Ranger Kathryn's Arches

March 31, 2010

Climbing Assessment #1

Filed under: 1 — Kathryn Colestock-Burke @ 5:48 pm
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Nate and Kathryn at Lomatium Rappel #1

Deep in the Fiery Furnace, climbers and canyoneers have devised routes over the years. Arches National Park has never had an official policy governing these activities, and suddenly one is wanted by a higher-up. Two of the employees who are gathering data for this assessment were heading up into the Furnace today, and took me along for practice with ropes and rappels.

This rope has to be anchored around the large boulder

We were all gratified to see that, other than some rope rubs and grooves at the edges of rappels, there does not appear to be significant resource damage from these activities. What interested me most, however, was that my colleagues — one climber and one canyoneer — had difficulty agreeing on what should be and shouldn’t be permitted in the park. Personal biases are strong forces, and it’s my guess that many policies in place are tainted with these biases. Fortunately, the new policy-makers’ intentions include trying to AVOID bias; several mechanisms are in place to assist with that.

While we’re talking about biases, mine is that the 75 individual permits we’ll allow each day in the Furnace is FAR too high a number. The footprints off-path and through fragile environments caused far more damage than the rope rubs. Rangers who are struggling to give tours on those sold-out 75-permit days report that people are tripping over each other among the fins. That number, apparently, was pulled out of a hat instead of being evidence-based. I would love to see that number slashed to 25; let’s protect that resource, and its rare species!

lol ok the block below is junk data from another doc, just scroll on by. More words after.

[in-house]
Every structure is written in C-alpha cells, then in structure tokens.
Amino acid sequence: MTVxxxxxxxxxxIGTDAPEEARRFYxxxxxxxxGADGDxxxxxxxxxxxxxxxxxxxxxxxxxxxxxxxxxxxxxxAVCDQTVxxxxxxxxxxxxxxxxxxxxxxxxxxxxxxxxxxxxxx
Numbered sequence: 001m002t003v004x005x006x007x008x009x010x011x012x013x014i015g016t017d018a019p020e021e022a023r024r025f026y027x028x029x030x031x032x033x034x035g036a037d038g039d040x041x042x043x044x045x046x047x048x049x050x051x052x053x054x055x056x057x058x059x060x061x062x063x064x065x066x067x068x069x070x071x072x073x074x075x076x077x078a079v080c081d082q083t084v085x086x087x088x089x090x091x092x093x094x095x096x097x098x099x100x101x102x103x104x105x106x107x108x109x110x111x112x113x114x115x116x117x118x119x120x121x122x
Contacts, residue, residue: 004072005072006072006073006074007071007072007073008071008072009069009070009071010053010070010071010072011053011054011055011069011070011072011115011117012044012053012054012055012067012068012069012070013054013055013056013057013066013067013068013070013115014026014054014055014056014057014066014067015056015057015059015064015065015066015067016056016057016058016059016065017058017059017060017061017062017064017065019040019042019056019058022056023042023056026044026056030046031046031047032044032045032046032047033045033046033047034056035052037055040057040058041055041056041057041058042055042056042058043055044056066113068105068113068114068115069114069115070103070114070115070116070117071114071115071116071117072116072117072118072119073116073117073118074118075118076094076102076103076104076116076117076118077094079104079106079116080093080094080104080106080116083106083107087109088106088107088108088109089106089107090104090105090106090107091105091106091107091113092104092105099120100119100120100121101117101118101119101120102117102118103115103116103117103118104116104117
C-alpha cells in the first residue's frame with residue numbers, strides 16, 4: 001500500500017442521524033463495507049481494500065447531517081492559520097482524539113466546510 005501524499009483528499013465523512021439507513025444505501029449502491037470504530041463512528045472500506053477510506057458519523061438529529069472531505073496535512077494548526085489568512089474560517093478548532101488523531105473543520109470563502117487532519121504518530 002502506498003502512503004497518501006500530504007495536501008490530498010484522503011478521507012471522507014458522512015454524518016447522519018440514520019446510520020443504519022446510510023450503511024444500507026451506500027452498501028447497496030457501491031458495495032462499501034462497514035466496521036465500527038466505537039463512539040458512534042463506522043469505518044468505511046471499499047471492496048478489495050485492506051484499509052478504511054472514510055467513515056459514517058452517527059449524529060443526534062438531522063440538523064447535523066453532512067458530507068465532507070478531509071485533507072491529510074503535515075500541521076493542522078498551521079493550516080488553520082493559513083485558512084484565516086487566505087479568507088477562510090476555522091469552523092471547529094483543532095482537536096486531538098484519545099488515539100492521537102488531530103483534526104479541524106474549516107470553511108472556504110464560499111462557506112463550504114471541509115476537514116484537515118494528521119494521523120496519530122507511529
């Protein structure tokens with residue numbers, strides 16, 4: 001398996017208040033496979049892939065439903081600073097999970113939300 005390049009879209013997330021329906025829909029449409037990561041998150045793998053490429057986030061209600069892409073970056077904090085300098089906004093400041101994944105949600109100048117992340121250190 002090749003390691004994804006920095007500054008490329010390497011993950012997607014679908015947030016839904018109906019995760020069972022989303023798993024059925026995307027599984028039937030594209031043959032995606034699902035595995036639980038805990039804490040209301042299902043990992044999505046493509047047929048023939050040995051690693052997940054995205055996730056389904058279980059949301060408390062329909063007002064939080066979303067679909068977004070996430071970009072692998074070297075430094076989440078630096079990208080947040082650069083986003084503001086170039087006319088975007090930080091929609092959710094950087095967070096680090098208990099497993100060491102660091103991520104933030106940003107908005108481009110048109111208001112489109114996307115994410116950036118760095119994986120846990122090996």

And yet… (pause) … is 25 evidence-based?!? It’s a number I pulled out of my head. More data is needed.

Lithic scatters, bones, biscuitroot, and aerie

knapped flakes found within a few feet of each other

Here’s your new vocabulary for the day; see if you can use it in conversation.

LITHIC SCATTER: a surface scatter of cultural artifacts and debris that consists entirely of lithic (i.e., stone) tools and chipped stone debris. This is a common prehistoric site type that is contrasted to a cultural material scatter, which contains other or additional artifact types such as pottery or bone artifacts.